The general aspect of the country around St. David’s is that of a wide plain, with a slightly undulating surface, sloping gradually from east to west, relieved only by a few blasted and withered trees, the turf or stone fences which alone divide the fields, and various masses of trap rock protruding at intervals above the general level; two of these to the south-west, bare and precipitous, are called “Carn Rhossan,” and “Clegyr Foia;” but the most remarkable are the magnificent peaks of “Carn Llidi,” 592 feet above the sea level, and “Penbery,” which is said to be slightly higher; these form the terminating points of a mountainous range, stretching in a direction east-north-east of St. David’s Head, along the northern shore of the promontory, and about four miles north of the city; near Penbery is Dowrog Pool, a small tarn or lake affording good wild-fowl shooting, and north-east of it Ahereiddy Bay, where there are extensive slate quarries, and at the foot of the hill rises sheer from the sea the noble precipice of Trwyn-dduallt. From Carn Llidi, which is most easily climbed on its western side, an extensive view is obtained of the whole promontory of Dewisland, bounded on the north-east by the Pencaer Hills and Strumble Head, with the Prescelli range stretching westward; on the south-east by the Plumbstone mountains and on the west and south by Whitesand and St. Bride’s bays, and the adjacent archipelago; at the base of Carn Llidi lies a dismounted rocking stone, and on the summit is a cromlech, the upper stone of which is 11 feet 9 inches in length and 9 feet 9 inches wide. St. David’s Head is a bluff peninsular headland, about 2 miles north-west of the city and 100 feet in height, with a glorious prospect seaward, and is defended by an ancient fortification, consisting of a dyke and stone rampart called “Clawdd-y-Milwyr” (the Warrior’s dyke), which extends from cliff to cliff, a distance of about 200 feet, the breadth varying from 75 to 100 feet. The ancient name of “Octopitarum” or “Octopetrarum,” given to this headland, was derived from the group of small islands lying off its extremity; these are eight in number, and seven of them, called “the Bishop and his Clerks, " form a series of dangerous insulated rocks, on one of which the “Nimrod” steamship was wrecked 28 February, 1860, when 40 lives were lost; on the South Bishop, 144 feet above the sea-level, is a lighthouse, with a light revolving every 20 seconds. Ramsey Island, to the south, is separated from the mainland by a strait one mile in breadth; it is about two miles long by one broad, bounded on all sides by cliffs, and is terminated, at either end by a precipitous hill, the higher of which rises 444 feet above the sea; at the south end of the sound is a dangerous reef, known as “the Bitches,” and in the middle of it a perilous rock, called “the Horse,” which is covered at high water. Margery Island lies off the southern extremity of Ramsey, and on the eastern side are two islets, known as “the Kite’s Island” and “the Precentor’s Island.” The rocky cliffs of these islands generally are the resort of multitudes of migratory sea-birds. The famous “Meni Hirion,” or “Long Stone,” has disappeared, but near the farmhouse of Trecenny is an ancient monolith, 7 feet long and 11 feet in circumference. On the “Burrows,” near the farm of Croeswdig, is the cap stone of a cromlech, about 9 feet by 6; a mile north-east of the village of Trevine, on the farm of Longhouse, is a magnificent cromlech, with a cap stone over 16 feet long and of enormous thickness.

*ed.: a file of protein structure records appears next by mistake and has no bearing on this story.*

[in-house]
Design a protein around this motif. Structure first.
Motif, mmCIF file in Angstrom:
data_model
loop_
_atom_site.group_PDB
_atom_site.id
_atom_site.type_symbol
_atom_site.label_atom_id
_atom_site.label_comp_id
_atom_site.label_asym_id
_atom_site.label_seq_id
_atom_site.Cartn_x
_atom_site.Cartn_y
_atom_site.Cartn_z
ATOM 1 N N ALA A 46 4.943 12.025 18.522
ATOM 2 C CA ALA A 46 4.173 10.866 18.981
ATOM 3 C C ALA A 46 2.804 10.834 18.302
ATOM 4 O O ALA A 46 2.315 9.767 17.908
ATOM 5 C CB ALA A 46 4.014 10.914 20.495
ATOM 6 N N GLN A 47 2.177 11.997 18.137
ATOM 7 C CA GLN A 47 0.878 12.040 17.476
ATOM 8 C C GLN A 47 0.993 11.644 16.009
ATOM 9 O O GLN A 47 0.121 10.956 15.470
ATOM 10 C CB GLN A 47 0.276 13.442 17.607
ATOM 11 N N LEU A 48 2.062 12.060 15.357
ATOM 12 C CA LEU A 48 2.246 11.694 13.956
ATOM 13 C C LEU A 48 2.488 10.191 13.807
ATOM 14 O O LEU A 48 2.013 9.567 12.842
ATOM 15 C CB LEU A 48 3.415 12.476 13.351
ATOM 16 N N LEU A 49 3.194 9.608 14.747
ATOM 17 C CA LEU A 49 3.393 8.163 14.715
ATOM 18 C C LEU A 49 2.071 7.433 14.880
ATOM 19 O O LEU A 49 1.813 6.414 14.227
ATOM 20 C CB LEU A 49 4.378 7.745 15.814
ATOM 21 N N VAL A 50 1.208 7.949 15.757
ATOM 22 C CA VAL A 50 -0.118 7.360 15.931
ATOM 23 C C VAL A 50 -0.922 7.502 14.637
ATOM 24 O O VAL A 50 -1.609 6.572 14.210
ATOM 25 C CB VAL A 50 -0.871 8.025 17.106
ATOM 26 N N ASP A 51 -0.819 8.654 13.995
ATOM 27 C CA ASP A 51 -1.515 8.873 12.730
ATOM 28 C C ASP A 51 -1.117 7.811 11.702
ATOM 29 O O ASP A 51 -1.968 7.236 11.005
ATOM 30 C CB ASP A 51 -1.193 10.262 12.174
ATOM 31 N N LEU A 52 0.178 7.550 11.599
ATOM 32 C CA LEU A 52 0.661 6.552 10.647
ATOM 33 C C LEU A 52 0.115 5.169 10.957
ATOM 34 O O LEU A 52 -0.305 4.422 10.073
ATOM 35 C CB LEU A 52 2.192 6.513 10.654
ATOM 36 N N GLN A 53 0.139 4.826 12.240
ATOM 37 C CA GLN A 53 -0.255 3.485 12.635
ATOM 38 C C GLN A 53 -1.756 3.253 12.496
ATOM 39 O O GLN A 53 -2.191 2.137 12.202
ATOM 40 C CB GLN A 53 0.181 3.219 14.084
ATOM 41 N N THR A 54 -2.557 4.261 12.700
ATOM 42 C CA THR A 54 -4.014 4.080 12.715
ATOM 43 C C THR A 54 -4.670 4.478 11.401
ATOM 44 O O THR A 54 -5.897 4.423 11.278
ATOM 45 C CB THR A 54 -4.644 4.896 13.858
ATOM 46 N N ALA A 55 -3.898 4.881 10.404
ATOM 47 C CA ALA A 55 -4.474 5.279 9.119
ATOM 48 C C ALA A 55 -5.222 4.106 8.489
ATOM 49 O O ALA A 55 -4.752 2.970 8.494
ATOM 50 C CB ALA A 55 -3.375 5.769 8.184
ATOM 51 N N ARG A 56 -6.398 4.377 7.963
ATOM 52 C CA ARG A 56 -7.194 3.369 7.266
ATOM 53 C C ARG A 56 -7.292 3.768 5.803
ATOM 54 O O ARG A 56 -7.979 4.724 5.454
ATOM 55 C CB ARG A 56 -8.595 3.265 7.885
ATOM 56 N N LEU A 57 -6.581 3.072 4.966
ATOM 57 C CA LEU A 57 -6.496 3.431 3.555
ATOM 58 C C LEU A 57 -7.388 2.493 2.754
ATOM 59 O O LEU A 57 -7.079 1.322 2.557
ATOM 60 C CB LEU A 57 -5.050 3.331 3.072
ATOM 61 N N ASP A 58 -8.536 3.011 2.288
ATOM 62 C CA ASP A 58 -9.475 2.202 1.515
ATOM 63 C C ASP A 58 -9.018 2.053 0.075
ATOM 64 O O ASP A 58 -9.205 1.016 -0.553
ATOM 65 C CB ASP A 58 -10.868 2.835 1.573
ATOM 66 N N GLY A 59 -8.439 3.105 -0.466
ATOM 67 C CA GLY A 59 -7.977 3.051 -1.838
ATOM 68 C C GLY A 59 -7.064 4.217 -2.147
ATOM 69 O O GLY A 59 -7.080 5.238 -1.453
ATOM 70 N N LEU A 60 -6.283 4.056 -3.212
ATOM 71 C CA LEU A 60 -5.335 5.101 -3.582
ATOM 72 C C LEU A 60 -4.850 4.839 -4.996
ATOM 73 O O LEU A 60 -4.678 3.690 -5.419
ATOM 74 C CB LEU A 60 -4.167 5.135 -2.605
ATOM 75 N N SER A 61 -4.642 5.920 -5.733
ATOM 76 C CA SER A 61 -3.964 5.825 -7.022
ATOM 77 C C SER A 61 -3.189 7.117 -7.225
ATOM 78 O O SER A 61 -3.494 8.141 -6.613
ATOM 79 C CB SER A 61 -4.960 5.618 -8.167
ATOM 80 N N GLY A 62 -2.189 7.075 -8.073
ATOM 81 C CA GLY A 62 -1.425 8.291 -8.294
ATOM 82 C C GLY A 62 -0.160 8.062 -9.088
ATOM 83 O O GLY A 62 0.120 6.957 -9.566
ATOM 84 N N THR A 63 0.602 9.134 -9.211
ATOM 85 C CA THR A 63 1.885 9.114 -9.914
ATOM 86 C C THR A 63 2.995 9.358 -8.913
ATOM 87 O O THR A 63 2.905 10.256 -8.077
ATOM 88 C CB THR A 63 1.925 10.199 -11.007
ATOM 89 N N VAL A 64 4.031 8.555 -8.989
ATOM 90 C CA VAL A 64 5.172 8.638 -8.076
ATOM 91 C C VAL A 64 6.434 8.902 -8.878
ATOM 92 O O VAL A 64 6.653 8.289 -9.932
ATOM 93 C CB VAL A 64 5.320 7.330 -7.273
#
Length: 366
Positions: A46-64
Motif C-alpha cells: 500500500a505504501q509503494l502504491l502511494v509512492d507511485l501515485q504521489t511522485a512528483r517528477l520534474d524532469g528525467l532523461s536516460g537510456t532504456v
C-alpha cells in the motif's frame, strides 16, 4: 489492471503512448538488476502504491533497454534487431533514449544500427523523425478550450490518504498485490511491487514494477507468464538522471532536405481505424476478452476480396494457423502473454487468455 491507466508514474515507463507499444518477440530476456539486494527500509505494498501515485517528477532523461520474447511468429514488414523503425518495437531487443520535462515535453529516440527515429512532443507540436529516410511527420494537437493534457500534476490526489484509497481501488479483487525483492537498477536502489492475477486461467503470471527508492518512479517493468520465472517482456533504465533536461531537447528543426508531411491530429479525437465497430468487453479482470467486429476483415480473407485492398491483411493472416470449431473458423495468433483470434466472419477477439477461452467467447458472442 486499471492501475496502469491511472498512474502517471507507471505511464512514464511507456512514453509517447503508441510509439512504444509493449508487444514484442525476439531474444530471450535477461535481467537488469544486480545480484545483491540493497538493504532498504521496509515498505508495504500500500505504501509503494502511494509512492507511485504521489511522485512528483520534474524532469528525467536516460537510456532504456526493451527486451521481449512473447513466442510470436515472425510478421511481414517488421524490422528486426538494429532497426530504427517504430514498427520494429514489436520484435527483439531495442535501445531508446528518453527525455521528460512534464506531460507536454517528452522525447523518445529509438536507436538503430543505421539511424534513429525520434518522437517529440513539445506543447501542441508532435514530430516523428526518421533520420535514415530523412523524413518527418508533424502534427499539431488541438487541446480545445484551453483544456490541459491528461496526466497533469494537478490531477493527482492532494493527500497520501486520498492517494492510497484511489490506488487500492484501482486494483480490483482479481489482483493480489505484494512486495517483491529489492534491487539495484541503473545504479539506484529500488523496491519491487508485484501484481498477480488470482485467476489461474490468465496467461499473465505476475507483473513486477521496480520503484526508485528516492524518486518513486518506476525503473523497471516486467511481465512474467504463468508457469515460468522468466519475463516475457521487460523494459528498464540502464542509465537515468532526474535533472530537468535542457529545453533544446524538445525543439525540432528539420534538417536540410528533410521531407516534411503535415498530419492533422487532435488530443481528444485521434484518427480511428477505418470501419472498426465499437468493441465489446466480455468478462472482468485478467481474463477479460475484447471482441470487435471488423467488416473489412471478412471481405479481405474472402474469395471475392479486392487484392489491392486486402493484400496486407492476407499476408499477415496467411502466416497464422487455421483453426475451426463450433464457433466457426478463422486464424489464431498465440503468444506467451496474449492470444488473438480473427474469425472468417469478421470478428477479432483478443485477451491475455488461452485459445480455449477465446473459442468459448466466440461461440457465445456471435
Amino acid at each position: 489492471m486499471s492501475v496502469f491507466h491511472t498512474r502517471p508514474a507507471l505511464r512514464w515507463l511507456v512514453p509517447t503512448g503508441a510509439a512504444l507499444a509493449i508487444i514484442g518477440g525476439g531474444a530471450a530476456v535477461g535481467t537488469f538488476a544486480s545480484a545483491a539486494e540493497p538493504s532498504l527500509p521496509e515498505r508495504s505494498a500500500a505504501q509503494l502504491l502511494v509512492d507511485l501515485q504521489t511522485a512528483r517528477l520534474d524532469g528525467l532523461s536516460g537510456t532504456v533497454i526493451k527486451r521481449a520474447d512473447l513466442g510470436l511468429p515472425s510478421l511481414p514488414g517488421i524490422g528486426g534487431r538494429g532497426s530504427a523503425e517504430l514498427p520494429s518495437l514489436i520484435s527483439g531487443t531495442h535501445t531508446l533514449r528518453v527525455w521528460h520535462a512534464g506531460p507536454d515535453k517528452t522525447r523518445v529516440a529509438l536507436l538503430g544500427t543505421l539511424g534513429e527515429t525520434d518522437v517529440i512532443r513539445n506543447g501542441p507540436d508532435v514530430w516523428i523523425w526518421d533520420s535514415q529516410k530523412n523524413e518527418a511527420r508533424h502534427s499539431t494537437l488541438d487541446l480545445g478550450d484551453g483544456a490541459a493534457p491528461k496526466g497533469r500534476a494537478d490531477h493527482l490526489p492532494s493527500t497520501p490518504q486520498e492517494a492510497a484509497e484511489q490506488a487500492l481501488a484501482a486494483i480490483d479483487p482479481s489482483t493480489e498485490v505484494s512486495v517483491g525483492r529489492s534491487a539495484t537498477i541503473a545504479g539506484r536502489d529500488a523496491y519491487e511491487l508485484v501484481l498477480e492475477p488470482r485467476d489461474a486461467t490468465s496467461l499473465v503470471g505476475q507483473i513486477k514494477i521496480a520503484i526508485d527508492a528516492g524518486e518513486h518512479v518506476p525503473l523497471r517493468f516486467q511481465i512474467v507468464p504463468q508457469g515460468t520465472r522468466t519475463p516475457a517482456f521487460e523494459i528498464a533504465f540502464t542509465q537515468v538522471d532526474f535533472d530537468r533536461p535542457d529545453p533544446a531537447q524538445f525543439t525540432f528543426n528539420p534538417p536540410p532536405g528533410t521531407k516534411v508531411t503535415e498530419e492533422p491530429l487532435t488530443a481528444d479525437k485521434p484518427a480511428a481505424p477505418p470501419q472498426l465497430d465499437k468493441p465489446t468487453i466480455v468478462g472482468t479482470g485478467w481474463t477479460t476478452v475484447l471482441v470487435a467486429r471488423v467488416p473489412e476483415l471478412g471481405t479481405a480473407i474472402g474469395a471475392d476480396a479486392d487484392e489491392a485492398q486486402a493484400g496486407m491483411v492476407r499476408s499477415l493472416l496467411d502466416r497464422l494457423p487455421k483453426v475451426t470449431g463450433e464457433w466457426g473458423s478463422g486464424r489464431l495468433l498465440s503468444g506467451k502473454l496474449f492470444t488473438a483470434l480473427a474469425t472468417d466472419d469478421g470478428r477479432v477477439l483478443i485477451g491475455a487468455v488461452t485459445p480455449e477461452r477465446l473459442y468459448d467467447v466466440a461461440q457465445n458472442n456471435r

The Smalls is a collection of dangerous rocks, 20 miles south-west of Ramsey Island, on one of which is a lighthouse, with a fixed light; the Bishop’s rock lighthouse has an occulting light. About one mile west of the cathedral is a tumulus of singular form, 64 feet long, 35 wide and 4 high, surrounded by a swamp, in the valley above Clegyr, between the farms of Harglodd and Trepewit. At Porth-y-Rhaw, a splendid valley about half-way between St. David’s and Solva, opening to the sea by lofty cliffs, there is a steep peninsula, scarped on its inland, side into four terraces, each with a shallow ditch; in the valley are fulling and carding mills, driven by the pent-up water of a stream running through it. At Caerfai, a small bay on the south shore, much frequented for bathing purposes, and within easy distance of St. David’s, are quarries of purple stone, from which the richly decorated doorway of the great hall in the palace was constructed. Near this place are the ruins of the chapel dedicated to St. Nonita or Non, the mother of St. David, situated on the spot where, according to tradition, the saint was born; the promontory between this and the adjoining inlet of Caerbwdy is also fortified, the defences being continued on the land side for 324 feet due east, and at one point is a strong outwork, 194 feet in length; the entire depth is about 160 feet. In the inlet of Caerbwdy is the quarry which supplies the stone now in use for the restoration of the cathedral, and of which the greater part of the cathedral was built; it is similar to that of Caerfai, but harder and much more durable. On the right bank of the Alan river, within a quarter of a mile of St. Davids and close to the Bishop’s mill of Dewiston, is a remarkable camp, with a high rampart and fosse, having a total circumference of 607 feet, and a diameter of 118 feet; on the north-east is an extensive outwork, forming an imperfect parallelogram. Castell Heinif, another fortified peninsula, is on Ramsey Sound, about a quarter of a mile south of Porthstinan. Castell Coch, Porthtrewen, is a similar entrenchment, despoiled by slate quarries. On the farm of Pwllcaerog, 4 miles north-east, is a strong encampment by the seaside. An ancient dyke, called “Ffos-y-Myneach” (the Monk’s dyke), extends from a point on St. Bride’s Bay, between Caerbwdy and Porth-y-Rhaw for about a mile and a half north of St. Davids, and is than continued in a scarcely traceable and irregular course north-westward to Penbery hill. The Ecclesiastical Commissioners are lords of the manor and the principal landowners, though there are many small freeholders. The soil, subsoil and geological formations generally, vary at short intervals; there are some breadths of fertile land; others are a sterile mixture of stones and clay. The chief crops are barley, oats and turnips. The area comprises (including the Cathedral close of St. David’s parish), 9,039 acres of land and 50 of water; rateable value, £9,232; the population in 1891 was 1,840.